FDA and OSHA publish checklist to assist food industry during COVID-19
The checklist aims to serve as a quick reference to help the food industry assess and react to situations brought on by COVID-19.
In a bid to assist the food industry as it navigates changes to operations related to COVID-19, the US Food and Drug Administration (FDA) has teamed up with the Occupational Safety and Health Administration (OSHA) to develop the “Employee Health and Food Safety Checklist for Human and Animal Food Operations During the COVID-19 Pandemic.”
The checklist is based on existing guidance provided by the FDA, Centers for Disease Control and Prevention (CDC), and OSHA and aims to serve as a quick reference to help the food industry assess employee health, social distancing, and food safety within workplaces as operations may be impacted by COVID-19.
The checklist is broken into two sections. The first focuses on employee health, screening, and operation configuration for social distancing to prevent or minimise the spread of COVID-19 based on guidelines provided by CDC and OSHA.
The second section highlights food safety requirements, found in existing regulations, that can help the food industry assess the potential impact of COVID-19-related operational changes on food safety practices. Some operational changes that could impact food safety include closures, changes among food safety staff, or changes to suppliers or ingredients, FDA noted.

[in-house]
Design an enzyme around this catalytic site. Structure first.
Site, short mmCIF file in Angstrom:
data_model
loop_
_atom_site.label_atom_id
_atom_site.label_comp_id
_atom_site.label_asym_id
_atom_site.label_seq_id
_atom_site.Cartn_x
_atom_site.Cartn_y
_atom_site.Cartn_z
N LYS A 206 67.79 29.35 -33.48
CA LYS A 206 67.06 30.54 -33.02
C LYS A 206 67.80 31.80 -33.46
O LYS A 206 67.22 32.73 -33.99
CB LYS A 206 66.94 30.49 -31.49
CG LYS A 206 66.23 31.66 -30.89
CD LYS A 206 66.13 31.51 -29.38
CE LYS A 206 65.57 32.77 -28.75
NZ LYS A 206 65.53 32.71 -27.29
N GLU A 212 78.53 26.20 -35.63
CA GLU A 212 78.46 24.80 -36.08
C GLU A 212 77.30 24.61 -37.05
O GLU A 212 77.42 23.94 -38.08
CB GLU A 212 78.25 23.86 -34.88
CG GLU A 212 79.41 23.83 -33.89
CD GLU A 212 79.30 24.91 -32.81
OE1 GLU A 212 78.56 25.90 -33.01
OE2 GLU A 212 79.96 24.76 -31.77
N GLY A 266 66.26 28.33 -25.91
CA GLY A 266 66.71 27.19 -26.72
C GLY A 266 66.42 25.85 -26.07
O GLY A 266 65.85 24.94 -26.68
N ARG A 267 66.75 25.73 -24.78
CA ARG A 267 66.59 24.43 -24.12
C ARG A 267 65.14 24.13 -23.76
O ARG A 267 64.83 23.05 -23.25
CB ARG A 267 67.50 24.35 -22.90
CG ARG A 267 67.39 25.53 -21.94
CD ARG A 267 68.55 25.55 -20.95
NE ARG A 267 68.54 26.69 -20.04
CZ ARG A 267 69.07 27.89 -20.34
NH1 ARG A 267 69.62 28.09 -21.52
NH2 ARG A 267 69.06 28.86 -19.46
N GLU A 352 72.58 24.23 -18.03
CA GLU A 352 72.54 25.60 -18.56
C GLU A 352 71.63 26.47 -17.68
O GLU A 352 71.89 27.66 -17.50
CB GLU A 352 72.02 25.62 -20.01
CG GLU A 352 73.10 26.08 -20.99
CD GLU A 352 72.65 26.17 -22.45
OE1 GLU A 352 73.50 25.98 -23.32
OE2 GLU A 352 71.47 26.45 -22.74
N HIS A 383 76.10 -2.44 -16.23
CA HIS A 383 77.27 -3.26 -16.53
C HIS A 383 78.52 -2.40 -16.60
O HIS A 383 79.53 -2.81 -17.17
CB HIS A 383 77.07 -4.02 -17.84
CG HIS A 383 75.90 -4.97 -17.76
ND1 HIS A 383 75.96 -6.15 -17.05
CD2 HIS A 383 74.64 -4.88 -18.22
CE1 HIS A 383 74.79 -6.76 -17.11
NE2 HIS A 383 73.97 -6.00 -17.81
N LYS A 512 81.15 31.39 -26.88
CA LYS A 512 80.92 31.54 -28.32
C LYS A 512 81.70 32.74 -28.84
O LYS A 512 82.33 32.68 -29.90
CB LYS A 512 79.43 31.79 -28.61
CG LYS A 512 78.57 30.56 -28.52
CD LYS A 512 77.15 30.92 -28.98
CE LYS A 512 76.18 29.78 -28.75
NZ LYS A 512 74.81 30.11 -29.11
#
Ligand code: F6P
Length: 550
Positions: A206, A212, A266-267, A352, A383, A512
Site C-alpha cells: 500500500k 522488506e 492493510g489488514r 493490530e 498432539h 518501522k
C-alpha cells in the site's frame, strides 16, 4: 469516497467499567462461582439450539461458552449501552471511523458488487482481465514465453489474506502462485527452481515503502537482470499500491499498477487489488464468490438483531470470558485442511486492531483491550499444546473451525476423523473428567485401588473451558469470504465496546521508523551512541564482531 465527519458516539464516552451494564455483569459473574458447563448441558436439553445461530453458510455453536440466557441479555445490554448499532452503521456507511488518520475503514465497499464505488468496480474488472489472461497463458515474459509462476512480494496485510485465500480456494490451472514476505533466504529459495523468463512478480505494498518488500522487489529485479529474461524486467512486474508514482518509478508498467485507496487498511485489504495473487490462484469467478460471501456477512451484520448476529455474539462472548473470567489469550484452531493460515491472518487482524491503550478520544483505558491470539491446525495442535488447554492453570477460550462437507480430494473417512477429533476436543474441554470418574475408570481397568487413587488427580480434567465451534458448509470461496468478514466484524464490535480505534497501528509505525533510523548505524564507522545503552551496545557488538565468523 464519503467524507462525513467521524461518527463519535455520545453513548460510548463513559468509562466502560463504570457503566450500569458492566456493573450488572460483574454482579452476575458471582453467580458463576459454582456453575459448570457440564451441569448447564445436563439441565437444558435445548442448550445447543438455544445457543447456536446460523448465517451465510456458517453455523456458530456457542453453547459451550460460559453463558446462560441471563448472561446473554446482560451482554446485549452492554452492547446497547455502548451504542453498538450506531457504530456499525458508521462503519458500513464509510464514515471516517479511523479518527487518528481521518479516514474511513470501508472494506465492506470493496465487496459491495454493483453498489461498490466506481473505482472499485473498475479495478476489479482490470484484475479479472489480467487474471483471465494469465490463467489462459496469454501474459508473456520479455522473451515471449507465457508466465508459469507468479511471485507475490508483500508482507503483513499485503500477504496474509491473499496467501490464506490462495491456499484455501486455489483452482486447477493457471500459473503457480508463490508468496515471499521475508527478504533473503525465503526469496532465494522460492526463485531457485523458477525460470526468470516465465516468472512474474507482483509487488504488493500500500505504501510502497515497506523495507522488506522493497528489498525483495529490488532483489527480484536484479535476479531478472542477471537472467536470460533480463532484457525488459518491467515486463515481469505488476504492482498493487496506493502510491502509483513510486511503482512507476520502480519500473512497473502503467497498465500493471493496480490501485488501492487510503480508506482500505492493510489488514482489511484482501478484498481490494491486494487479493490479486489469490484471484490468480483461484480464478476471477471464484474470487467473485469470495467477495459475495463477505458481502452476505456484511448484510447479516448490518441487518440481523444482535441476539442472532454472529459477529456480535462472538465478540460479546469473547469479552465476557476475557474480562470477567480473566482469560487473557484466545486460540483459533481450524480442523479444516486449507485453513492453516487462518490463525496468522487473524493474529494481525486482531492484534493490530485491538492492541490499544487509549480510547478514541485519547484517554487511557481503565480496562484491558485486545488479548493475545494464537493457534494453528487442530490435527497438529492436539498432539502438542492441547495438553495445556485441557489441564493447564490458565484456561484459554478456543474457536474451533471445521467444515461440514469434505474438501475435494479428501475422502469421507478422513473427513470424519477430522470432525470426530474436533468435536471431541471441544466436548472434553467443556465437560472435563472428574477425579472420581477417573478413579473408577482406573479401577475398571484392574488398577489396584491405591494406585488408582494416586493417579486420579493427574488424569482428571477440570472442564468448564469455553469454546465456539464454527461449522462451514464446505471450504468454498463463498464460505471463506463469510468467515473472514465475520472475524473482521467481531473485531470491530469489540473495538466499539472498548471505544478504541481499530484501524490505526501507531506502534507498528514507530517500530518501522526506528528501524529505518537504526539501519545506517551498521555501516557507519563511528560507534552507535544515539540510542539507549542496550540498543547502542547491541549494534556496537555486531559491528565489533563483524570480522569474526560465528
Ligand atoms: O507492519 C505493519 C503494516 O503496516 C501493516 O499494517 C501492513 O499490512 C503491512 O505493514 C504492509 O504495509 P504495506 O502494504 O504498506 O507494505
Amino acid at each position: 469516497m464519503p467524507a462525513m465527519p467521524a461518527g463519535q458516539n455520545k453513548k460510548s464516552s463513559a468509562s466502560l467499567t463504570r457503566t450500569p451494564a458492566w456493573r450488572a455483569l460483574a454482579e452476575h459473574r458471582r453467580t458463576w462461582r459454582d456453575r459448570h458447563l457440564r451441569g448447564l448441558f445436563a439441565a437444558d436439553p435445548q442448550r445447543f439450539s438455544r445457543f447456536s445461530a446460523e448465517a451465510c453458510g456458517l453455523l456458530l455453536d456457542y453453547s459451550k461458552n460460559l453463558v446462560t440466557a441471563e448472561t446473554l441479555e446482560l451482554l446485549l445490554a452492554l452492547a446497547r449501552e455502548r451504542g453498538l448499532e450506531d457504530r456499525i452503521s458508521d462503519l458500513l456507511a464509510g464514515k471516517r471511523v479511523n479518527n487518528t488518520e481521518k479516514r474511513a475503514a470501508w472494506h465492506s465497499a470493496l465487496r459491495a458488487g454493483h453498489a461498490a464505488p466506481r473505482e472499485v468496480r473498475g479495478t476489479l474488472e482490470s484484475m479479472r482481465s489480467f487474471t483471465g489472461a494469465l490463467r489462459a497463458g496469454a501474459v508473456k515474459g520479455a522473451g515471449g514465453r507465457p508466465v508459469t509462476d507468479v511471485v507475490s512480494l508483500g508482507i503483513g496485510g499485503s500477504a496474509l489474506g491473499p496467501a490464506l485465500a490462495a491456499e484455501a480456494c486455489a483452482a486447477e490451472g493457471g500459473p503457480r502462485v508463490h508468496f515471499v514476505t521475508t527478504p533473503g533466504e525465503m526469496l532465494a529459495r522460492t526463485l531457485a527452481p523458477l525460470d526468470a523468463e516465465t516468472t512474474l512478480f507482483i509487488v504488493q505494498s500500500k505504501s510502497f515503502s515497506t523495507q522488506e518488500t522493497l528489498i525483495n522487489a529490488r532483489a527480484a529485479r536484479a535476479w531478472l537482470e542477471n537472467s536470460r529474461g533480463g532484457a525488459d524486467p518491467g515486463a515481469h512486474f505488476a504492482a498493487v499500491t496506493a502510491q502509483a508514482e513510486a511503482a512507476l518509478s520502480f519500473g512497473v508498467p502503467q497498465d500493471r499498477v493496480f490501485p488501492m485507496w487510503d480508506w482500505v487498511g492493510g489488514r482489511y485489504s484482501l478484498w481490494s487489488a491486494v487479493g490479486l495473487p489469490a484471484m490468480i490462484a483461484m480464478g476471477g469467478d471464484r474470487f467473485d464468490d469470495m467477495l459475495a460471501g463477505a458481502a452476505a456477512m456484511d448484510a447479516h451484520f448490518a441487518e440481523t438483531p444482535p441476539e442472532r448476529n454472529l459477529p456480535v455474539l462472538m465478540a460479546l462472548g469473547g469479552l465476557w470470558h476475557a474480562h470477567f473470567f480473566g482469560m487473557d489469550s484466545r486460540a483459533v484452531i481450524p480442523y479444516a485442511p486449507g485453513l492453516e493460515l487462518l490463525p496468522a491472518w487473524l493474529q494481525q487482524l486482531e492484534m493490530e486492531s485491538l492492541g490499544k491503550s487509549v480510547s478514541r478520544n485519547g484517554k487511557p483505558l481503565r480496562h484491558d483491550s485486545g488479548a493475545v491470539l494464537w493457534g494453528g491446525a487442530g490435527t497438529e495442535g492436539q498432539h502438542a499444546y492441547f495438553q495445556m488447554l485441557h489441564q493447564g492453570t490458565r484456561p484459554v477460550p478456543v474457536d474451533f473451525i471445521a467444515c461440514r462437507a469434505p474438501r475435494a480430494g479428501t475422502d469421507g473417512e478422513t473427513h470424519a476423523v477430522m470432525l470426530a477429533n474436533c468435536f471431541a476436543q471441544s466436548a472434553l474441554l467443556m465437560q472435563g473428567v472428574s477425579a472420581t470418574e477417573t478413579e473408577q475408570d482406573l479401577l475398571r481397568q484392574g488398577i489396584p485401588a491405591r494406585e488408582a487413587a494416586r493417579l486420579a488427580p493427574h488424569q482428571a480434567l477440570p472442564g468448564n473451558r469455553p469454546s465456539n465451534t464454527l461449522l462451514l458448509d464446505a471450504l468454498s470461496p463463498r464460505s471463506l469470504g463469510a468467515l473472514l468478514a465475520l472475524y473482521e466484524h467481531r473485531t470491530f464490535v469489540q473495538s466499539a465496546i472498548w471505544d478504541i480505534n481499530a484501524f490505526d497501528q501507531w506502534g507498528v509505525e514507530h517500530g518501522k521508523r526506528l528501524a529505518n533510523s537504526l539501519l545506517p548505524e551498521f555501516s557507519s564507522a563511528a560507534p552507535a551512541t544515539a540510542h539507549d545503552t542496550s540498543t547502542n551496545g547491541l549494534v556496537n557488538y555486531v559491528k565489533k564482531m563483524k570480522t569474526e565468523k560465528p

The checklist was designed to help establishments that are:
- Holding human and animal food regulated by FDA.
These include produce, seafood, milk, eggs, grains, game meat, and other raw materials or ingredients, as well as their resulting human or animal food products. The checklist also aims to provide useful information for foreign facilities that manufacture, process, pack, or hold food intended for consumption in the United States.
FDA explained that the checklist is not an exhaustive list of all measures human and animal food operations may take to protect employee health and food safety during the COVID-19 pandemic, but it can serve as a quick reference to identify areas where additional attention could be warranted. Operations have been advised to continue to refer to guidelines offered by their state and local Government, as well as additional information provided by the FDA, CDC and OSHA.